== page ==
Volume 15, Number 2—February 2009
Reemergence of Human and Animal Brucellosis, Bulgaria
Bulgaria had been free from brucellosis since 1958, but during 2005–2007, a reemergence of human and animal disease was recorded. The reemergence of this zoonosis in the country highlights the importance of maintaining an active surveillance system for infectious diseases that will require full cooperation between public health and veterinary authorities.
According to the World Health Organization (1), brucellosis is one of the most common zoonoses worldwide and is considered a reemerging infectious disease in many areas of the world. An estimated 500,000 new human cases occur annually worldwide (2). In Europe, 1,033 human brucellosis cases were reported in 2006 (3); data from a passive surveillance system were based on clinical findings, supported by epidemiologic criteria, and confirmed by serologic tests. Here we report the results of a survey performed in Bulgaria during 2005–2007, which has been considered free from Brucellosis melitensis and B. abortus disease since 1958 (4).
In Bulgaria, until 1998 serologic screening was mandatory for all cattle, sheep, and goats >12 months of age. Afterward, based on risk assessment, animal surveillance activities covered 100% of heads reared in municipalities along the borders with countries endemic for brucellosis such as Turkey, Greece, and the former Yugoslav Republic of Macedonia; 50% of the animals reared in other municipalities of the regions bordering the aforementioned countries; and 25% of animals reared in the inner Bulgarian regions. Currently, an active surveillance system is in place for dairy factory employees and persons considered at risk after outbreaks in ruminants.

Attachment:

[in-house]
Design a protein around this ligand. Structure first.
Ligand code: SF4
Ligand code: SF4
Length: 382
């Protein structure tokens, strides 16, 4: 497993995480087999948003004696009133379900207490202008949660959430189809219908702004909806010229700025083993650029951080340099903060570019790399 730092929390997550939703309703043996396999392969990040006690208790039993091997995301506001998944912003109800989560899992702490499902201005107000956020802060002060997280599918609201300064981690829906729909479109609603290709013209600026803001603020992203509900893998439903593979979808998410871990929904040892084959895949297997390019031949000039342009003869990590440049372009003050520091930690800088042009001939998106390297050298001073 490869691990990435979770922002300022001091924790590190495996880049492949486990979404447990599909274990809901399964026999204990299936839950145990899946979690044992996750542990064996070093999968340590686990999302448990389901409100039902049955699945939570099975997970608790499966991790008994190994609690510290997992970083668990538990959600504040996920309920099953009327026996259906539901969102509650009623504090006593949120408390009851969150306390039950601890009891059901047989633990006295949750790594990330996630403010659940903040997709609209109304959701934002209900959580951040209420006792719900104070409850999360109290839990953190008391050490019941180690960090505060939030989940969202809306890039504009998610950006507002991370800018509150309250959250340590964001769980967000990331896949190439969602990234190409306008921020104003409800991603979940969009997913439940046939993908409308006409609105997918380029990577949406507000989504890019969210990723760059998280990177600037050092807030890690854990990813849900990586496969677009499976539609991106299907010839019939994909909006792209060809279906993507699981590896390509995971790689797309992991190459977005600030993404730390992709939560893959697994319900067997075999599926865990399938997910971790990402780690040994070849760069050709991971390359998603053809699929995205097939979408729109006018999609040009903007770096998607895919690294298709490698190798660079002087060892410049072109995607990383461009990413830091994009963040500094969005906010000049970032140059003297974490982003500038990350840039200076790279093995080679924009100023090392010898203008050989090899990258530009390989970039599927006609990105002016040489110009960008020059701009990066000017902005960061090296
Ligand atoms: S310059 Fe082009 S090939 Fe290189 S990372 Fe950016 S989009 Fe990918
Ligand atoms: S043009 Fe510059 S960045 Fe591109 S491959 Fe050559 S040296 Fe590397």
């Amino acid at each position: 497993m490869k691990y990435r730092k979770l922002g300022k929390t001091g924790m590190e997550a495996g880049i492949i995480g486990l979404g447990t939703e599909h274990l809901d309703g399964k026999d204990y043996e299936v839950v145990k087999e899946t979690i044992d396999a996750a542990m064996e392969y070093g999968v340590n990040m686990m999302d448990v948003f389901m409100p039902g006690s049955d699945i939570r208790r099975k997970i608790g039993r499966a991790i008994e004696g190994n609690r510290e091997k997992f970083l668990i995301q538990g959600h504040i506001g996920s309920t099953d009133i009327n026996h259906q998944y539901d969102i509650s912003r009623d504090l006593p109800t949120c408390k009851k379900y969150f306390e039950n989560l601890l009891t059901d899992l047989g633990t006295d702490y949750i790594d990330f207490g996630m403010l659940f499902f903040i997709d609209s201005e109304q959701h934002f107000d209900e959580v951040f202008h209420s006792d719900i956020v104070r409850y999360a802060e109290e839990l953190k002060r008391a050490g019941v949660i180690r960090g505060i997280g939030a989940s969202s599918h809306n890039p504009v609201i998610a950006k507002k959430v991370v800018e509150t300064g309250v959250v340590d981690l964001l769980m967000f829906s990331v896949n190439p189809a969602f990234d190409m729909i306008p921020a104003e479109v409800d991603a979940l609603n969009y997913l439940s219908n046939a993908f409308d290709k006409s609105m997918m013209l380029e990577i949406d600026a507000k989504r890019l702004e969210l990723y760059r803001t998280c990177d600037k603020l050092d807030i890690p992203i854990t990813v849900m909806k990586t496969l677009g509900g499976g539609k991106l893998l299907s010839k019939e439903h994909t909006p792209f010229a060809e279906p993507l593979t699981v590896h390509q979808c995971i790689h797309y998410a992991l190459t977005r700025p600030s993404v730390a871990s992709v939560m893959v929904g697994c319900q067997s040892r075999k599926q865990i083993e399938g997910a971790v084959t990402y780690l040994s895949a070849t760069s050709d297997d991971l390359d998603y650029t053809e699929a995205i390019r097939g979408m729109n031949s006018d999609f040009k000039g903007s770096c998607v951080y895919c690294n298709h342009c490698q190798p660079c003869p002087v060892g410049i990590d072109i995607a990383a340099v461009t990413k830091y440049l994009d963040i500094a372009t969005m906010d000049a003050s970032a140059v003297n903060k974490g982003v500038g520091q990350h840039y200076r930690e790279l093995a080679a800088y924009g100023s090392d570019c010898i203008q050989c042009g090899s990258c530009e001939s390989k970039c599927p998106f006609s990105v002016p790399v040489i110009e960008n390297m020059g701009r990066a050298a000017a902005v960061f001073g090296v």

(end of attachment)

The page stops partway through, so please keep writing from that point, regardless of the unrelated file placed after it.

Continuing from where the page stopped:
During 2005–2007 (Figure 1), a total of 105 human cases of brucellosis were diagnosed among 2,054 persons who were tested on the basis of clinical suspicion or risky exposure. A human case of brucellosis was considered confirmed if results of serologic tests, such as ELISA or complement fixation test, were positive, in accordance with the World Health Organization case definition (5). Bacteria isolation and characterization had not been performed routinely.
The alert started in 2005 (Figure 1, panel A), when a case of brucellosis occurred in a Bulgarian migrant animal keeper working in Greece. Active surveillance of persons at risk was implemented, enabling detection of a total of 34 human cases of brucellosis. All cases were classified as imported cases; therefore, no supplemental active surveillance on animals was implemented. Additionally, during routine screening for at-risk workers, 3 other persons employed in a dairy factory were found to be seropositive. Due to the lack of traceability of the raw material used in the factory, it was not possible to trace the origin of the infection. At that time, there was no evidence of animal cases of brucellosis.